Byzantine emperor Justinian I rebuilt Singidunum in 535 A.D., restoring the fortress and city to its former military importance. The city saw a brief peaceful period of about fifty years, but was then sacked with the arrival of the Avars in 584 The Byzantine Empire reclaimed it 8 years later, in 592 A.D., but finally lost it in the early half of the 7th century when the Avars sacked and burned Singidunum to the ground. Around 630 A.D., the Slavs settled in the area and in Singidunum. By this time, however, the city had lost its importance as a border fortification and was largely ignored by the Avars and Slavs who dominated the area. The city would re-emerge later, mentioned as Beograd, a Slavic word meaning "white city" (due to the color of the stone it was built from), in a letter written on April 16, 878 by Pope John VIII to Bulgarian prince Boris I Mihailo. With its new name, Beograd, would eventually be restored to the same strategic significance it had held throughout its history, but never again would it be mentioned as Singidunum. Byzantine Empire (Greek: ), is the term conventionally used since the 19th century to describe the Greek-speaking Roman Empire during the Middle Ages, centered at its capital in Constantinople. ... Events September 21 - Roman Emperor Valentinian III assassinates Aëtius in his own throne room. ... Events Euric, king of the Visigoths, defeats an attempted invasion of Gaul by the Celtic magnate Riothamus. ... Events Theodoric the Great becomes king of the Ostrogoths. ... Events Theodoric the Great defeats the Gepids. ... Events Anicius Manlius Severinus Boëthius is appointed a consul by Theoderic Births Gildas, Celtic monk Deaths Hashim, great-grandfather of Muhammad and ancestor of the Hashemites Categories: 510 ... Constantinople[1] was the name of the modern-day city of Ä°stanbul, Turkey over the centuries that it served as the second capital of the unified Roman Empire, and after its division into East and West, of the Eastern Roman Empire, also known as the Byzantine Empire (from the city... Justinian I depicted on one of the famous mosaics of the Basilica of San Vitale. ... Events Beginning of the Western Wei Dynasty in China. ... Events The Visigoths conquer the Suevi kingdom in Spain. ... Events After the great slaughter at Woddesbeorg, Ceawlin is deposed as both king of Wessex and Bretwalda. ... (6th century - 7th century - 8th century _ other centuries) Events The religion of Islam starts in Arabia, the Quran is revealed, and Arabs spread Islam into Syria, Iraq, Persia, Egypt, North Africa and Central Asia. ... Events Muhammad captures Mecca (January). ... April 16 is the 106th day of the year in the Gregorian calendar (107th in leap years). ... Events The Danes force king Alfred the Great of Wessex to retreat to a fort in Athelney, Somerset. ... John VIII was pope from 872 to 882. ... Boris I Michail or Boris I Michael (Bulgarian Борис I Михаил, known also as Bogoris)(died May 2, 907) was the khan from 852 to 889 and first Christian ruler of Bulgaria. ...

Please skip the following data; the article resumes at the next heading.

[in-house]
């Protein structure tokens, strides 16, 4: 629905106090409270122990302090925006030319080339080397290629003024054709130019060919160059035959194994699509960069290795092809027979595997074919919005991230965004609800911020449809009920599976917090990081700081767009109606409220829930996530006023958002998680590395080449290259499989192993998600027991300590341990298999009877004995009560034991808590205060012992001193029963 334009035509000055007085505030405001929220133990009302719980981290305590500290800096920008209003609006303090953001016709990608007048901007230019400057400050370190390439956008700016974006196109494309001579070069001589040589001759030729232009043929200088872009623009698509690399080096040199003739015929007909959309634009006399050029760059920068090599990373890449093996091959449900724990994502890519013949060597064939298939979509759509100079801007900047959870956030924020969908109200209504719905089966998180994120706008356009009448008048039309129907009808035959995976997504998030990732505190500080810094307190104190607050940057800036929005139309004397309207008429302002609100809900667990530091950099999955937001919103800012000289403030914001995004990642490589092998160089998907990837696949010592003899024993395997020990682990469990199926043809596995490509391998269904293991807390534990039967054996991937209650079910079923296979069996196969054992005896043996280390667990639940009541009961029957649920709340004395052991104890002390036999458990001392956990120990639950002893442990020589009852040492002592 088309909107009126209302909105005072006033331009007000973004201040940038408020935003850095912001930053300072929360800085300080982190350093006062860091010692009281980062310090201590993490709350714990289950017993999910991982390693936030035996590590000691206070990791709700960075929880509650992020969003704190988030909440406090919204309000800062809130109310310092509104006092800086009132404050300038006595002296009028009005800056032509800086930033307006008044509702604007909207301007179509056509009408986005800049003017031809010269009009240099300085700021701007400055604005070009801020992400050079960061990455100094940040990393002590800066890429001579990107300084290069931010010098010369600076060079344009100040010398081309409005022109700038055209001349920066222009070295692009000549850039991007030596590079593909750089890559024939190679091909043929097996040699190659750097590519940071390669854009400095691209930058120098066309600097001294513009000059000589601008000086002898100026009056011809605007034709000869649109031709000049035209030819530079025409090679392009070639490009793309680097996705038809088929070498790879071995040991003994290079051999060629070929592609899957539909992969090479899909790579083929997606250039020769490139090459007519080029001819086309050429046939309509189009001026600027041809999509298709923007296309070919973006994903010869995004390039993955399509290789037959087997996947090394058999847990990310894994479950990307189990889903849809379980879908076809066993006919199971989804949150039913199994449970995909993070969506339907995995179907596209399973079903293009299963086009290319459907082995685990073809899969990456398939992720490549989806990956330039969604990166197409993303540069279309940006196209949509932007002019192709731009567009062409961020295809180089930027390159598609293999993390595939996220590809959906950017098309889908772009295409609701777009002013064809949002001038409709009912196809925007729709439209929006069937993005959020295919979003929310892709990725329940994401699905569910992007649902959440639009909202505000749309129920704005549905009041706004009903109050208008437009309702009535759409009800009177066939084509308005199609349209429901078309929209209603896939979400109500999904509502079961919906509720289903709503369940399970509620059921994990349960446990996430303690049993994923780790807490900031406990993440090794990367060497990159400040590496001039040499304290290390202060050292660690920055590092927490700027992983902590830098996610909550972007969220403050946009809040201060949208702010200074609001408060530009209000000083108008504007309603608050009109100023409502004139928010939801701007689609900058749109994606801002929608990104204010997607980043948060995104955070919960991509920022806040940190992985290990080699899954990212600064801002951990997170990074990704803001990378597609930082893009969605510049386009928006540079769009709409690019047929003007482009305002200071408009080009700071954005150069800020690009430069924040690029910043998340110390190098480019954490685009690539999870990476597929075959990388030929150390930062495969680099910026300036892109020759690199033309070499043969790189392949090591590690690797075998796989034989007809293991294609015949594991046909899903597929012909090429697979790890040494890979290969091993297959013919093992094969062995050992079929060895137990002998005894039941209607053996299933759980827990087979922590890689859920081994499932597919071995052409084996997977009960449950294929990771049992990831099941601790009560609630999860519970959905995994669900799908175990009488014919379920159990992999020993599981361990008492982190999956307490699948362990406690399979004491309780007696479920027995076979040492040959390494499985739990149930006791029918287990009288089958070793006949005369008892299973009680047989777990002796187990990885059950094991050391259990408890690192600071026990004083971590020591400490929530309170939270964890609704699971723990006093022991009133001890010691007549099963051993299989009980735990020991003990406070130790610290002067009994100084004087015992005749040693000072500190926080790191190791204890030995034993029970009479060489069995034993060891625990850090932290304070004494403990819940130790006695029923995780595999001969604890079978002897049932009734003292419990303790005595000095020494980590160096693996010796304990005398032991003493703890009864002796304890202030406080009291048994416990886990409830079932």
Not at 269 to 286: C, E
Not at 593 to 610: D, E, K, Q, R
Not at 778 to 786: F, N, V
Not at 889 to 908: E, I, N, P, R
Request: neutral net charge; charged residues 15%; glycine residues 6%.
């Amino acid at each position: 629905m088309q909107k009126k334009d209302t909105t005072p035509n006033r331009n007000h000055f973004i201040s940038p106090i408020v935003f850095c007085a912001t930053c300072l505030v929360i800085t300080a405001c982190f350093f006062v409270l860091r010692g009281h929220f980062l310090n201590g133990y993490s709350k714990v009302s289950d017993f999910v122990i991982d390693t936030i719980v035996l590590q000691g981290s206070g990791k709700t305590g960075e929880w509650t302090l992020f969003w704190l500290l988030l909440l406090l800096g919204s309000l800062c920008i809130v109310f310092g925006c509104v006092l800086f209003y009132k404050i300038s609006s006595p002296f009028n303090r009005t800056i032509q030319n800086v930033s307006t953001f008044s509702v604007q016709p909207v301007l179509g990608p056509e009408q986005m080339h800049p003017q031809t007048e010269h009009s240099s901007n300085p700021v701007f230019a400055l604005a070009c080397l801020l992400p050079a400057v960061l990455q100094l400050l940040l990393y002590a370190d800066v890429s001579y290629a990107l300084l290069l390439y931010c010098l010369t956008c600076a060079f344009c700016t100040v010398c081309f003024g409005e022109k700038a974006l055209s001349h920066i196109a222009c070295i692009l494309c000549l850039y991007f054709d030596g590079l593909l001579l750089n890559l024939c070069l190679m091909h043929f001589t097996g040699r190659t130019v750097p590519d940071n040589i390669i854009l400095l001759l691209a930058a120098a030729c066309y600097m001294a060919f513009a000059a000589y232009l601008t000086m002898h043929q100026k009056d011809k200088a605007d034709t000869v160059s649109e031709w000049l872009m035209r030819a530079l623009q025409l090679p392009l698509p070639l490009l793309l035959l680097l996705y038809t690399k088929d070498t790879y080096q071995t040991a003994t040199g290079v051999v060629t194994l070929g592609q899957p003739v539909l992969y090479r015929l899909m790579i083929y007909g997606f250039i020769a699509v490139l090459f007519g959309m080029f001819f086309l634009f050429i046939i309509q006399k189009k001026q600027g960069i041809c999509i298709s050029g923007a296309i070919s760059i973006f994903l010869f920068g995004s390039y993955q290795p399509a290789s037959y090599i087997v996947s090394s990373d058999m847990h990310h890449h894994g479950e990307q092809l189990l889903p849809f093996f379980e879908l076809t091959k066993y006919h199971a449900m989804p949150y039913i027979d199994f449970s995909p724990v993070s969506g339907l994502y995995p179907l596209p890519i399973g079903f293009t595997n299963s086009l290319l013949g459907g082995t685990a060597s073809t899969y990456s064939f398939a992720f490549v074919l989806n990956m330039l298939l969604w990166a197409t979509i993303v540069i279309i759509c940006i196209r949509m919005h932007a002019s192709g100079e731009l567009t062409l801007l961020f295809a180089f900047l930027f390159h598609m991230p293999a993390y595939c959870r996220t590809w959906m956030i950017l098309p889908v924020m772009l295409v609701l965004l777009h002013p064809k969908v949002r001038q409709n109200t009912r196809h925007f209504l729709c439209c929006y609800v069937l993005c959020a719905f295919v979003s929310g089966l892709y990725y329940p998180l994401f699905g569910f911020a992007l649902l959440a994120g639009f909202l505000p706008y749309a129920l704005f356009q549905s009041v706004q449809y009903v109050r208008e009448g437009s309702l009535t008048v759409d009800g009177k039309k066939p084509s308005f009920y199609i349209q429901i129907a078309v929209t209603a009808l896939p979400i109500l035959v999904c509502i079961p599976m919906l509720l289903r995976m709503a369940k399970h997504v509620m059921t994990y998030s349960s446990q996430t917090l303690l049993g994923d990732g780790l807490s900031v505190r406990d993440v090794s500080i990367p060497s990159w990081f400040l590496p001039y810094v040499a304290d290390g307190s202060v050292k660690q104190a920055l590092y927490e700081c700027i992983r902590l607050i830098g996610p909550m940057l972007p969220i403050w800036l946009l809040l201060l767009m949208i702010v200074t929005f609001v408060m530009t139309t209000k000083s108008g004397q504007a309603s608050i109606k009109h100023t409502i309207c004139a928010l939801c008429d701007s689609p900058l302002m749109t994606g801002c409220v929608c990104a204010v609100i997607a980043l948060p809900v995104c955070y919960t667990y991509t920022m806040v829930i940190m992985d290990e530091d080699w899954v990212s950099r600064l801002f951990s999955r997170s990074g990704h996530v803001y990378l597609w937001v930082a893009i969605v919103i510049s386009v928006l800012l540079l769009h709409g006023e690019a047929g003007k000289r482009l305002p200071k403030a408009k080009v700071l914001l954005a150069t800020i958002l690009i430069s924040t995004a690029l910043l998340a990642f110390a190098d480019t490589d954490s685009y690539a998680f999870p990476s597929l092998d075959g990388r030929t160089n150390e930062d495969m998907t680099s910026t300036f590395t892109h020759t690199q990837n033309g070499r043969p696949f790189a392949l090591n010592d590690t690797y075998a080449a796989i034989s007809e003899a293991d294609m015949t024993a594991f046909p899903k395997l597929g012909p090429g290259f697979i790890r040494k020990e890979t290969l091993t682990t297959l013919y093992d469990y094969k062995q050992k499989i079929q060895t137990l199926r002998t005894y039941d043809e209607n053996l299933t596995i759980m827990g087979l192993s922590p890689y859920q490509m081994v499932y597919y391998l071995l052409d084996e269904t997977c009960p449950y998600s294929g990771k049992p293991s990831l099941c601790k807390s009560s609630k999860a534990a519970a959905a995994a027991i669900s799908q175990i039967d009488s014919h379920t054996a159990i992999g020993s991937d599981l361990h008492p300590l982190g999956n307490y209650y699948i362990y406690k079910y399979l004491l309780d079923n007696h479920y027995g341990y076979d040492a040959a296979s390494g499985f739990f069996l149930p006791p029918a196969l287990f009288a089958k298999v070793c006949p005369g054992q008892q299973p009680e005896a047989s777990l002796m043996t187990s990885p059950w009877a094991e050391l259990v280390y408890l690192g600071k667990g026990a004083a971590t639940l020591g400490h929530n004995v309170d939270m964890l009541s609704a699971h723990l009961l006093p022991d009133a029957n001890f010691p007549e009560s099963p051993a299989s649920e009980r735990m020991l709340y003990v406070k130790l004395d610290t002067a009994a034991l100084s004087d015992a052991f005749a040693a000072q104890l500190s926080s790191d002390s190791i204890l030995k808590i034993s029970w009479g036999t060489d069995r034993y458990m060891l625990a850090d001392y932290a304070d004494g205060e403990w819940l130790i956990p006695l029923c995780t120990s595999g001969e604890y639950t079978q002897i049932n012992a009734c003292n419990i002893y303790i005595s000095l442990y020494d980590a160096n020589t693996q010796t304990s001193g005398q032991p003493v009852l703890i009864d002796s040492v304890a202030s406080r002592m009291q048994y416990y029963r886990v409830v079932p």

See also

For other senses of this name, see Roman Empire (disambiguation). ... In ancient geography, Moesia was a district inhabited chiefly by Thracian peoples. ... Antoninianus minted under Carausius. ... Byzantine Empire (Greek: ), is the term conventionally used since the 19th century to describe the Greek-speaking Roman Empire during the Middle Ages, centered at its capital in Constantinople. ...

External links

  • Official Site of Beograd: Ancient Period
  • Official Site of Beograd: Byzantine Empire
  • Ancient Worlds: Singidunum
  • Belgrade Fortress: History

  Results from FactBites:
 
City of Belgrade - Ancient Period (683 words)
In that period, Singidunum was the center of the Christian diocese.
Between Singidunum and Taurunum, there was a bridge over the Sava, which connected the two towns and which was a part of one of the most important Roman roads.
Thus, Singidunum became an important crossroad for the Roman provinces of Moesia, Dacia, Pannonia and Dalmatia.
Singidunum at AllExperts (1190 words)
Singidunum was an ancient Roman city, first settled by the Scordisci in the 3rd century B.C., and later garrisoned and fortified by the Romans who romanized the name.
Singidunum and Moesia experienced a peaceful period, but that was not to last, due to the growing turmoil not only from outside the Roman Empire, but also from within.
Singidunum found itself once again on the limes of the fading Empire, one of the last major strongholds to survive mounting danger from the invading barbarian tribes.
  More results at FactBites »